- Warm up the Flue: For fireplaces, warm up the flue by holding a piece of burning rolled-up newspaper in the (opened) damper region for 10-15 seconds. This helps the flue establish a good draft. Then light the tinder. Within a few minutes, you should have a nice, hot roaring fire!
- DO check the manufacturer’s guidelines for your wood stove or insert.
- DO use seasoned hardwood.
- DO use commercial fire starters if you like. They eliminate the need for tinder and reduce the amount of kindling required.
- DON’T use charcoal lighter fluid or other flammable liquids. These are extremely dangerous. (Gel fire starters are okay.)
- DON’T use coal in a wood stove or fireplace unless there are specific written instructions – it will burn, not safely.
- DON’T burn treated lumber, trash, or anything other than wood in your fireplace or wood stove.
The chimney sweep serviceman will check the condition of your firebox, damper, and flue to determine typical problems such as creosote buildup, mortar deterioration, obstructions inside the flue, and malfunctioning damper parts. He will alert you to any problems that he finds and provide you with a solution.
Creosote or “soot” is caused by simply burning materials, such as wood, in your fireplace. There is no way to prevent buildup of creosote. Creosote is unburned fuel that gathers in the form of black powder, flakes, or baked-on glaze, depending on the degree of buildup. This is the main cause of chimney fires. When there is excess buildup of creosote in the chimney and the temperatures rise, the soot is ignited and an actual fire is started inside your chimney, showering your roof with sparks.
This a tougher question than it sounds. The simple answer is: The National Fire Protection Association Standard 211 says, “Chimneys, fireplaces, and vents shall be inspected at least once a year for soundness, freedom from deposits, and correct clearances. Cleaning, maintenance, and repairs shall be done if necessary.” This is the national safety standard and is the correct way to approach the problem. It takes into account the fact that even if you don’t use your chimney much, animals may build nests in the flue or there may be other types of deterioration that could make the chimney unsafe to use. The Chimney Safety Institute of America recommends that open masonry fireplaces should be cleaned at 1/8″ of sooty buildup, and sooner if there is any glaze present in the system. Factory-built fireplaces should be cleaned when any appreciable buildup occurs. This is considered to be enough fuel buildup to cause a chimney fire capable of damaging the chimney or spreading into the home.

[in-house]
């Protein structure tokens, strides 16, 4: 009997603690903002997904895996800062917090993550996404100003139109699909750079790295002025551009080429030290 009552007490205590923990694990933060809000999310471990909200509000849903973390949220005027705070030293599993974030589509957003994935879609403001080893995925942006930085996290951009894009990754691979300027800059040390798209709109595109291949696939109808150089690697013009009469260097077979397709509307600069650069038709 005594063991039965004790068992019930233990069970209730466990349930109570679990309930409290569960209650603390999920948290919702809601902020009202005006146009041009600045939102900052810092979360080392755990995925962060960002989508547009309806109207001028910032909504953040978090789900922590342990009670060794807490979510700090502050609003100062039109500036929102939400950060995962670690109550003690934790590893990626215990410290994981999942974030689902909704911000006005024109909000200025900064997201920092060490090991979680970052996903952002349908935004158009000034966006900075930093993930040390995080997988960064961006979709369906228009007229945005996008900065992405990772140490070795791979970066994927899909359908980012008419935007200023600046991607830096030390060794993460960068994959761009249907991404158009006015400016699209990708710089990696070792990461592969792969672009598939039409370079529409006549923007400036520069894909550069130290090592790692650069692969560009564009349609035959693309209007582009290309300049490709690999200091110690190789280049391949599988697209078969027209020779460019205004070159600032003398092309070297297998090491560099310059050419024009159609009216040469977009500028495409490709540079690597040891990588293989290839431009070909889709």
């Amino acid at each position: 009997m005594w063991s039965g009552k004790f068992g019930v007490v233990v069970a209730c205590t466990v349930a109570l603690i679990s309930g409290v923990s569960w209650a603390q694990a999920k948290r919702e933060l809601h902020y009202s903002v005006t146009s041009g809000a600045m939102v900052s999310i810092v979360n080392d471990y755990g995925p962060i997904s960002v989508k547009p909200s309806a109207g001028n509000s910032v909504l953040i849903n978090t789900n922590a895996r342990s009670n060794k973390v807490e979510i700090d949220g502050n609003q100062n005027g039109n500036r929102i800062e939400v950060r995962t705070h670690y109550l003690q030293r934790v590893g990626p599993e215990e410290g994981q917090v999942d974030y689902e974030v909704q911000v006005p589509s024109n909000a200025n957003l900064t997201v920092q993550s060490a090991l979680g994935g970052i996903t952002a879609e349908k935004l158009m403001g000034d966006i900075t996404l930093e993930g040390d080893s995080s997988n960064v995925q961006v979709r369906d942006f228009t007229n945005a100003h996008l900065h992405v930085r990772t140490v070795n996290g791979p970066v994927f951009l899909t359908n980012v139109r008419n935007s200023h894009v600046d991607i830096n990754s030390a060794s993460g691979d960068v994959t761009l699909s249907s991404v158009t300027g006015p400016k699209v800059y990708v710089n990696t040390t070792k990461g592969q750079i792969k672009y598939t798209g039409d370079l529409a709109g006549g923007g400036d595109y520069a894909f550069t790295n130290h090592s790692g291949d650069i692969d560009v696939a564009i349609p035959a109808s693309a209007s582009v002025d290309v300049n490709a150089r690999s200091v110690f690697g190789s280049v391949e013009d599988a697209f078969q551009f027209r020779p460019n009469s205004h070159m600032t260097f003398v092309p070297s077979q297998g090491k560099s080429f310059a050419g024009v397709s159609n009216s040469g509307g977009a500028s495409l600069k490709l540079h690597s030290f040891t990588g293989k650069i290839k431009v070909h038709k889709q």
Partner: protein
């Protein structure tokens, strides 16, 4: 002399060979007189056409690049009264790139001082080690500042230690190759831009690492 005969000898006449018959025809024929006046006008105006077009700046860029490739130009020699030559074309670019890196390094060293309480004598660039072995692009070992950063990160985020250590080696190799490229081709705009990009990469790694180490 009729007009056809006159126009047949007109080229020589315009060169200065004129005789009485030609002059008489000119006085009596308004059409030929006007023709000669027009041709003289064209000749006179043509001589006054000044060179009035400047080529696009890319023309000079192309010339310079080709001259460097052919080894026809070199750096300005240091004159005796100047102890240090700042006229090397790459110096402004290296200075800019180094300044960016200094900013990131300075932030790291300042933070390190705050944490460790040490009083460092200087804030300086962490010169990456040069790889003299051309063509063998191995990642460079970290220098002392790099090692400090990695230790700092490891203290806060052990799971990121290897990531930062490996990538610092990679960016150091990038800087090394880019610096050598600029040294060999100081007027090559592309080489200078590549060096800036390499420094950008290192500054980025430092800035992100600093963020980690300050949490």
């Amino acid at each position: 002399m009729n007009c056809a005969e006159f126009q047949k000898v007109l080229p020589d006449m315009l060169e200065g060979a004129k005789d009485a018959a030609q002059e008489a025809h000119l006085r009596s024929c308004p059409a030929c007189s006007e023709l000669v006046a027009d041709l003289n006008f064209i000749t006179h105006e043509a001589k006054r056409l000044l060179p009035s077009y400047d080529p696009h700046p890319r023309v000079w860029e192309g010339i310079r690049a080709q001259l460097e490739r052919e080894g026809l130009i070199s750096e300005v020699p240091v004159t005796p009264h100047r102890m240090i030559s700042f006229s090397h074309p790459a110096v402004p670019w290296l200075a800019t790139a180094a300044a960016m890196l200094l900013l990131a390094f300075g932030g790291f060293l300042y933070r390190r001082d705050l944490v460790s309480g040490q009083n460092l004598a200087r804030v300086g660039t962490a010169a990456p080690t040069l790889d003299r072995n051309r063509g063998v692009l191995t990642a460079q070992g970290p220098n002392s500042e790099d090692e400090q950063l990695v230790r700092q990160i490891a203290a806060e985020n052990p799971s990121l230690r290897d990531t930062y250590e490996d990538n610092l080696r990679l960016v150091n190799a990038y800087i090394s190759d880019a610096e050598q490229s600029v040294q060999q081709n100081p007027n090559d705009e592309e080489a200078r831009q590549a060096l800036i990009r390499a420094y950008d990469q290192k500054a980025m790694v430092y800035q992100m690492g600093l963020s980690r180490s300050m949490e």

The U.S. Consumer Product Safety Commission reports that in one year, 5,500 fires were attributed to chimneys. As a result of these fires, 130 people died, 230 people were injured and total property loss was set at more than $184.4 million. In addition, there were a minimum of 119 deaths from carbon monoxide poisoning and at least 4,700 injuries were reported for the same time frame, though most estimates are much higher. The root cause of most of these losses is that most U.S. homeowners are unaware that chimneys are an integral part of a home-heating system, and require regular evaluation and maintenance. The fact that faults, damage, and problems are rarely visible to the casual observer complicates the situation. The threat of chimney fires or CO² poisoning can be greatly reduced, or eliminated, by regular inspection and maintenance.